OR WAIT null SECS
Results of a 26-year study examine the impact of a dozen different lifestyle interventions in a cohort from the Nurses Health Study.
Goodarz Danaei, ScD
While women may be at a greater risk of stroke and stroke-related complications, including death and poorer physical function, compared to their male counterparts, new research suggests lifestyle interventions during midlife can pay tangible dividends in reducing long-term stroke risk in aging women.
Results of the National Institutes of Health-funded study, which included data on more than 50,000 women with a mean age of 52 years at baseline, indicated sustained lifestyle modifications reduced the 26-year risk of total stroke by 25% and ischemic stroke by 36%.
“We found that changing to a healthy lifestyle, even in your 50s, still has the potential to prevent strokes,” said lead investigator Goodarz Danaei, ScD, associate professor of Cardiovascular Health at Harvard T.H. Chan School of Public Health in Boston, in a statement. “Women who made lifestyle modifications in middle age reduced their long-term risk of total stroke by nearly a quarter and ischemic stroke, the most common type of stroke, by more than one-third.”
Conducted by Danaei and colleagues from Harvard Medical School, Harvard T.H. Chan School of Public Health, and University of São Paulo Medical School in Brazil, the aim of investigators’ analysis was to assess the long-term impact of lifestyle changes on incidence of stroke under hypothetical lifestyle strategies through observational data. Using information from the Nurses Health Study, investigators were able to identify a cohort of 59,727 for their analysis.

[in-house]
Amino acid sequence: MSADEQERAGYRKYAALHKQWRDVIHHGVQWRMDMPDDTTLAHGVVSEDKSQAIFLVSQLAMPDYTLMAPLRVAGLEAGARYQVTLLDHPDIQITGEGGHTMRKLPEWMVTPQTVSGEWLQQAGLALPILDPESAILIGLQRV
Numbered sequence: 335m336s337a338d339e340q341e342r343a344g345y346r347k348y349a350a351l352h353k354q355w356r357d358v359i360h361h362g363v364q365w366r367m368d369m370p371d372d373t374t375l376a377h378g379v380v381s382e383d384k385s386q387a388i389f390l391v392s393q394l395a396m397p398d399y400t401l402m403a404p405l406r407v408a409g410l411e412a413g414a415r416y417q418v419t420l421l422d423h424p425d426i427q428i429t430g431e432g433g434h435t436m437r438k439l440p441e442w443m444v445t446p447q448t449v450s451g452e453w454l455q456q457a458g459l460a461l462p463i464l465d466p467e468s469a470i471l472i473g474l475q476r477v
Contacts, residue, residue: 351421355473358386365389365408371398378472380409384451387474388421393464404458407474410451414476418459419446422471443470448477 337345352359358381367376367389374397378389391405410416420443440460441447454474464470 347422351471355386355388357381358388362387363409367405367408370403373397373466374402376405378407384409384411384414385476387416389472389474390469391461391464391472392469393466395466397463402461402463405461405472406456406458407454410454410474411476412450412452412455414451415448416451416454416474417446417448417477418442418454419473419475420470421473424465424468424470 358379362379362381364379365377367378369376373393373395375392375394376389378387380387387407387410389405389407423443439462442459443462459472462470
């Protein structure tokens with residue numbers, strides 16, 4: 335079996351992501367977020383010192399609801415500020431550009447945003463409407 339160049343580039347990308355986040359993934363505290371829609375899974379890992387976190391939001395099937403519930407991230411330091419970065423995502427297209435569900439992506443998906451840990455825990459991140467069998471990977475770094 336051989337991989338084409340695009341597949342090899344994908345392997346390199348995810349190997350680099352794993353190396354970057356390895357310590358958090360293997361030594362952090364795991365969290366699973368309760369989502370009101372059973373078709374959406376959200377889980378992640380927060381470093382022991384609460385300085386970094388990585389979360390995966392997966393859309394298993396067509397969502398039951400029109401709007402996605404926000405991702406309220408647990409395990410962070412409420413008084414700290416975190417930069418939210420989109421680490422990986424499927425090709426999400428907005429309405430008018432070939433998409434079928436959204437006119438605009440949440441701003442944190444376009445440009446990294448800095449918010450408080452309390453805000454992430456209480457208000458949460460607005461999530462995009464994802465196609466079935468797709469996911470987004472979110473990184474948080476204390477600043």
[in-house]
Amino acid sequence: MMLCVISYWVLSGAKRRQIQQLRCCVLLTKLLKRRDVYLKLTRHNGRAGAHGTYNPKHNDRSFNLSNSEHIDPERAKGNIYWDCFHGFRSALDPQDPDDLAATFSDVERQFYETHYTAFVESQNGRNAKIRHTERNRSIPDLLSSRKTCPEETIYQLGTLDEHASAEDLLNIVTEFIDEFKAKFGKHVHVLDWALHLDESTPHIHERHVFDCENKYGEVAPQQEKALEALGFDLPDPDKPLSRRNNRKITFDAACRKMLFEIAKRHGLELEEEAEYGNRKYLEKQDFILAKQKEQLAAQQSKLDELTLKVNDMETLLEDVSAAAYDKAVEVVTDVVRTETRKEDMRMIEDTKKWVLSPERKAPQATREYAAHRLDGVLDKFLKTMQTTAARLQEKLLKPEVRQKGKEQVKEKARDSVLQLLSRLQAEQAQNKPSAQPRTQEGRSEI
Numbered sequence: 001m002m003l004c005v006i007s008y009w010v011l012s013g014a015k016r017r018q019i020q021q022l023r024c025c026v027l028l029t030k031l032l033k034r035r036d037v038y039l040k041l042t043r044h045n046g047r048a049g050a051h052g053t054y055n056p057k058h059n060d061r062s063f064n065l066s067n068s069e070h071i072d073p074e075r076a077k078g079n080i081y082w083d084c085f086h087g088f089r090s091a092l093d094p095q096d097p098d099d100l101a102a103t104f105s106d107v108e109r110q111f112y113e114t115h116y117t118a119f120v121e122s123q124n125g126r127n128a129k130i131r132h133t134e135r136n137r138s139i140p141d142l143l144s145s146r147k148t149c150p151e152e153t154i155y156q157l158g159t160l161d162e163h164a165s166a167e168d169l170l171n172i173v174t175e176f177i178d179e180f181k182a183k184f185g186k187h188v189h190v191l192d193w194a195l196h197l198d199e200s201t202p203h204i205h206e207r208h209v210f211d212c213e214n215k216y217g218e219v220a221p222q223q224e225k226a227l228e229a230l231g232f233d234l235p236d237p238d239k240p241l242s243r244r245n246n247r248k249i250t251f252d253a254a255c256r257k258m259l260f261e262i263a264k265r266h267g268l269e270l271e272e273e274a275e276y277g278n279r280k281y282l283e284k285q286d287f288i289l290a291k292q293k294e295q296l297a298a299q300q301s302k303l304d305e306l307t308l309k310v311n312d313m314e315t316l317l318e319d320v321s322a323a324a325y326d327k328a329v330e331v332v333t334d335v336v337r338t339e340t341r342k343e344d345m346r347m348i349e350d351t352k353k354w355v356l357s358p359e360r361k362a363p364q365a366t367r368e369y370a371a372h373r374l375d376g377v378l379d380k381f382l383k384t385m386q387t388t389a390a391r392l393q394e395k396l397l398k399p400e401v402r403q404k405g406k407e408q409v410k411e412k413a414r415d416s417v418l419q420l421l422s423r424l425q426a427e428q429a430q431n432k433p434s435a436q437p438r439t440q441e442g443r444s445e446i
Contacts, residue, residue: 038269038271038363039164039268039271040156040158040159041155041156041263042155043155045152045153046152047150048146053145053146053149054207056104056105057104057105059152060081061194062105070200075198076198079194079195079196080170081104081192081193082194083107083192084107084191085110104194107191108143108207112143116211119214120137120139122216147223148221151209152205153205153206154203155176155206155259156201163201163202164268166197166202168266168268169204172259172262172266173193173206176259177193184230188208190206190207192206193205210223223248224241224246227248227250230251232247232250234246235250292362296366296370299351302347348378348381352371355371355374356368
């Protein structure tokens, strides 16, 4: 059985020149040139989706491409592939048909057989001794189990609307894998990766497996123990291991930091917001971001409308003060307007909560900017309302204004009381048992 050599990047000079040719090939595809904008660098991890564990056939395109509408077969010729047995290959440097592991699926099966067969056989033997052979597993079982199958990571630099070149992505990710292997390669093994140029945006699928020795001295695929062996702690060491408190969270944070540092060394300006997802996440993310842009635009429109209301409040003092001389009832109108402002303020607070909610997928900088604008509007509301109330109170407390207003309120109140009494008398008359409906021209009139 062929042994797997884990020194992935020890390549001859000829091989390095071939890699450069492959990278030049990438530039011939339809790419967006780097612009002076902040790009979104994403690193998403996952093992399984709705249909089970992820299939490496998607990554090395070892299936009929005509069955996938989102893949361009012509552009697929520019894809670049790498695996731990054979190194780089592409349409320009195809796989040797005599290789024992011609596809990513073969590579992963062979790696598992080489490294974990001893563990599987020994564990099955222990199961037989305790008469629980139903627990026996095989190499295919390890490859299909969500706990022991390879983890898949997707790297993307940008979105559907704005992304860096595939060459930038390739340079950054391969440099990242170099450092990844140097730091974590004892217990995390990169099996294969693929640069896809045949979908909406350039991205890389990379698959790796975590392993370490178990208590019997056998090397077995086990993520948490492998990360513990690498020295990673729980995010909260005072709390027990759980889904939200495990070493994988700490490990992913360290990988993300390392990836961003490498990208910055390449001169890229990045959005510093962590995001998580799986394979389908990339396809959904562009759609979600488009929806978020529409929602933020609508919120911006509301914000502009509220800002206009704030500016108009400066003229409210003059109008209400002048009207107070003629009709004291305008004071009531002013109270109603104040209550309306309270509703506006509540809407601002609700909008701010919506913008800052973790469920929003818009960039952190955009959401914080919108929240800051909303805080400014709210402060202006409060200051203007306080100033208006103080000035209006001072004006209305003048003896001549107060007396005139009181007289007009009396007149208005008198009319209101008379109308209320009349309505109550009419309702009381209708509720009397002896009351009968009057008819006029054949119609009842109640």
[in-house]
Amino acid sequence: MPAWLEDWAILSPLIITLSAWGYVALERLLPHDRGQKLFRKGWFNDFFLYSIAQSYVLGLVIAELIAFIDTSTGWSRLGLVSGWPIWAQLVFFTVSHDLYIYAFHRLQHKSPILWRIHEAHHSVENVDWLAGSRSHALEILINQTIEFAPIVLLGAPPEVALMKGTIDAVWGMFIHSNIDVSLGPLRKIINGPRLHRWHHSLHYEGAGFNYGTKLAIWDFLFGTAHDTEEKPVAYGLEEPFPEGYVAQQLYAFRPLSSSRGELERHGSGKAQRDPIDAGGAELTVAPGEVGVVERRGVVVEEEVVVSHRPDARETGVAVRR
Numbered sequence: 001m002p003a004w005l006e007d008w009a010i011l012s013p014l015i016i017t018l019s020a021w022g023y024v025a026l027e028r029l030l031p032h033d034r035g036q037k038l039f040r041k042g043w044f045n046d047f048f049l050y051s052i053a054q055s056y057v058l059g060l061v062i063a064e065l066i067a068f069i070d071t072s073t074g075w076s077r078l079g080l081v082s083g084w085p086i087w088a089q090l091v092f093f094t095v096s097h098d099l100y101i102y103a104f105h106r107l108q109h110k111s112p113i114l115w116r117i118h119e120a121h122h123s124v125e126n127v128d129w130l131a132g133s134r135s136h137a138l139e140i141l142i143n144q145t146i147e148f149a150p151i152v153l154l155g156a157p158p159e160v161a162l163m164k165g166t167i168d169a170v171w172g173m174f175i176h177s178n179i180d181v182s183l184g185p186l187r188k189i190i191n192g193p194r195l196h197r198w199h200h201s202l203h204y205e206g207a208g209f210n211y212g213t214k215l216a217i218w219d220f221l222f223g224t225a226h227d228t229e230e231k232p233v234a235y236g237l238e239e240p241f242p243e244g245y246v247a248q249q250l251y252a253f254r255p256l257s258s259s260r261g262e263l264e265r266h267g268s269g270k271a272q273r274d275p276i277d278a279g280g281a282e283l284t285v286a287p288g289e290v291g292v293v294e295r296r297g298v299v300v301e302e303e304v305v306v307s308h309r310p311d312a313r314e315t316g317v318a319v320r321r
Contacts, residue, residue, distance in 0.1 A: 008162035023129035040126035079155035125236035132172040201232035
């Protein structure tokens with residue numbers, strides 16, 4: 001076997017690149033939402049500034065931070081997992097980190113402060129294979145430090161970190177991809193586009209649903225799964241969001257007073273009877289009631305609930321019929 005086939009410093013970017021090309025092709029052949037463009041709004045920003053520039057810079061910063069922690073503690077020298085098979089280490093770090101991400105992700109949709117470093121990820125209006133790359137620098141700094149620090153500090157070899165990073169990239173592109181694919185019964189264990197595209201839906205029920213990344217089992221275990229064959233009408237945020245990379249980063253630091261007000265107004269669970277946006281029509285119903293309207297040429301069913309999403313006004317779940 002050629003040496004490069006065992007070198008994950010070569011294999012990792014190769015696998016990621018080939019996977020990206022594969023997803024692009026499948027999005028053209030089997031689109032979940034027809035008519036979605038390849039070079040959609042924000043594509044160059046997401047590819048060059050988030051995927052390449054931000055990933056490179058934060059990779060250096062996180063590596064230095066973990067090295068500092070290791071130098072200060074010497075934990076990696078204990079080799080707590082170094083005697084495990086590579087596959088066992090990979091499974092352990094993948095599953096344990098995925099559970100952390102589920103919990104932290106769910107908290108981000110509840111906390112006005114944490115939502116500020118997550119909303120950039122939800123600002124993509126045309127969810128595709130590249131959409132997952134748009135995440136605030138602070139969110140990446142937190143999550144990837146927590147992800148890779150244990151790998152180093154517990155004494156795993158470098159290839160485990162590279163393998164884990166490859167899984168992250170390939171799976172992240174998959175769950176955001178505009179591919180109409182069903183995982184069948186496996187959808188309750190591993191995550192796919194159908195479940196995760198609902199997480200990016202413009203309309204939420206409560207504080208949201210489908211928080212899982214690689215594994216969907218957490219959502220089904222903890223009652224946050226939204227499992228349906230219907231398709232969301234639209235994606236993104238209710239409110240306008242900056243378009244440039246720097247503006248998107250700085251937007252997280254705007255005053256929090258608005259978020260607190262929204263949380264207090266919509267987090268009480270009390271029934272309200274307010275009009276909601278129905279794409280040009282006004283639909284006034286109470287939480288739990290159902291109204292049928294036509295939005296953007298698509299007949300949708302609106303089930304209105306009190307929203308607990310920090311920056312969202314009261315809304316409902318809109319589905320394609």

While the NHS began in 1976 and included 121,701 individuals, investigators chose 1986 as baseline to account for prebaseline confounders. Individuals included gun the analysis had follow-up data, including diagnosis of stroke or death through June 2012. Exclusion criteria included missing risk factor information and missing information related to the food frequency questionnaire.
Investigators estimated the risk of total stroke, ischemic stroke, and hemorrhagic stroke between 1986 and 2012 using multiple hypothetical strategies including 4 non dietary and 8 dietary risk reduction strategies. Non dietary risk reduction strategies included smoking cessation, moderate-to-vigorous intensity exercise of at least an average of 30 min/d, BMI reduction by 5% at each period if 25 kg/m2 or greater, and a joint strategy of smoking cessation and a BMI reduction by 5% at each period. Some of the dietary risk reductions strategies included eating 3 or more servings of fish per week,1 or more servings of nuts per day, and eating 5 or more servings of fruits and vegetables per day.
At baseline the mean age of the study cohorts 52 years, the mean BMI was 24.5 kg/m2, 95% were white, 21% were smokers, and 54% were postmenopausal. Of note, 9998 participants died from causes others than stroke and 10,393 more were lost to follow-up.
During the follow-up period, a total of 2349 first strokes were observed—with 1251 being ischemic, 351 hemorrhagic, and 747 classified as unknown subtype. Results indicated an estimated 26-year risk of total stroke under natural course was 4.7% (95% CI, 4.5%-4.9%).
Using a hypothetical joint strategy of the first 3 non dietary risk reduction strategies, the risk of total stroke was 3.5% (2.6%-4.3%) and risk of ischemic stroke was 1.6% (1.1%-2.0%). Investigators noted smaller reductions were observed under isolated dietary strategies of increased intake of fish and notes and reduced intake of unprocessed red meat.
Investigators pointed out smoking cessation, daily exercise, and weight loss was estimated to reduce risk of total stroke by 25% and ischemic stroke by 36%. Results also indicated sustained through dietary modifications could reduce risk of total stroke by 23%.
This study, “Hypothetical Lifestyle Strategies in Middle-Aged Women and the Long-Term Risk of Stroke,” is published in Stroke.